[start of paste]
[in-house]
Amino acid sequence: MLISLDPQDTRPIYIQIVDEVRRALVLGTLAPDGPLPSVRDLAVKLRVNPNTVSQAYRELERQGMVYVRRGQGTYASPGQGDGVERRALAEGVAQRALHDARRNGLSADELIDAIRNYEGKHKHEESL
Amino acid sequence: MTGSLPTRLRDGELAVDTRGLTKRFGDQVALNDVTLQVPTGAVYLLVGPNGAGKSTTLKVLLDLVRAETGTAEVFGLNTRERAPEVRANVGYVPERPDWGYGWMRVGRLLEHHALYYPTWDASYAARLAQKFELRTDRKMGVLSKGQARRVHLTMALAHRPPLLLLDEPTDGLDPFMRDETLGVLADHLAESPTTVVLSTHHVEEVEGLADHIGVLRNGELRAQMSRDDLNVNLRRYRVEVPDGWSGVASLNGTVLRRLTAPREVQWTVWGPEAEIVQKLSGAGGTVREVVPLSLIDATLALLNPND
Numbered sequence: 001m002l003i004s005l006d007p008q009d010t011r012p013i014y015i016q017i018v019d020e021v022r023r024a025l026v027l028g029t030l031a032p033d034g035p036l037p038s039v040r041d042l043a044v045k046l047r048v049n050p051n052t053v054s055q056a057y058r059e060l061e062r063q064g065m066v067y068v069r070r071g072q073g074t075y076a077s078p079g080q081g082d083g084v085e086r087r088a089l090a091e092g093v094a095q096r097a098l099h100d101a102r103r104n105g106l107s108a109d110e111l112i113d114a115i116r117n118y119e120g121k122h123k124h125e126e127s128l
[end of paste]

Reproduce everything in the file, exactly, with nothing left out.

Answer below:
[in-house]
Amino acid sequence: MLISLDPQDTRPIYIQIVDEVRRALVLGTLAPDGPLPSVRDLAVKLRVNPNTVSQAYRELERQGMVYVRRGQGTYASPGQGDGVERRALAEGVAQRALHDARRNGLSADELIDAIRNYEGKHKHEESL
Amino acid sequence: MTGSLPTRLRDGELAVDTRGLTKRFGDQVALNDVTLQVPTGAVYLLVGPNGAGKSTTLKVLLDLVRAETGTAEVFGLNTRERAPEVRANVGYVPERPDWGYGWMRVGRLLEHHALYYPTWDASYAARLAQKFELRTDRKMGVLSKGQARRVHLTMALAHRPPLLLLDEPTDGLDPFMRDETLGVLADHLAESPTTVVLSTHHVEEVEGLADHIGVLRNGELRAQMSRDDLNVNLRRYRVEVPDGWSGVASLNGTVLRRLTAPREVQWTVWGPEAEIVQKLSGAGGTVREVVPLSLIDATLALLNPND
Numbered sequence: 001m002l003i004s005l006d007p008q009d010t011r012p013i014y015i016q017i018v019d020e021v022r023r024a025l026v027l028g029t030l031a032p033d034g035p036l037p038s039v040r041d042l043a044v045k046l047r048v049n050p051n052t053v054s055q056a057y058r059e060l061e062r063q064g065m066v067y068v069r070r071g072q073g074t075y076a077s078p079g080q081g082d083g084v085e086r087r088a089l090a091e092g093v094a095q096r097a098l099h100d101a102r103r104n105g106l107s108a109d110e111l112i113d114a115i116r117n118y119e120g121k122h123k124h125e126e127s128l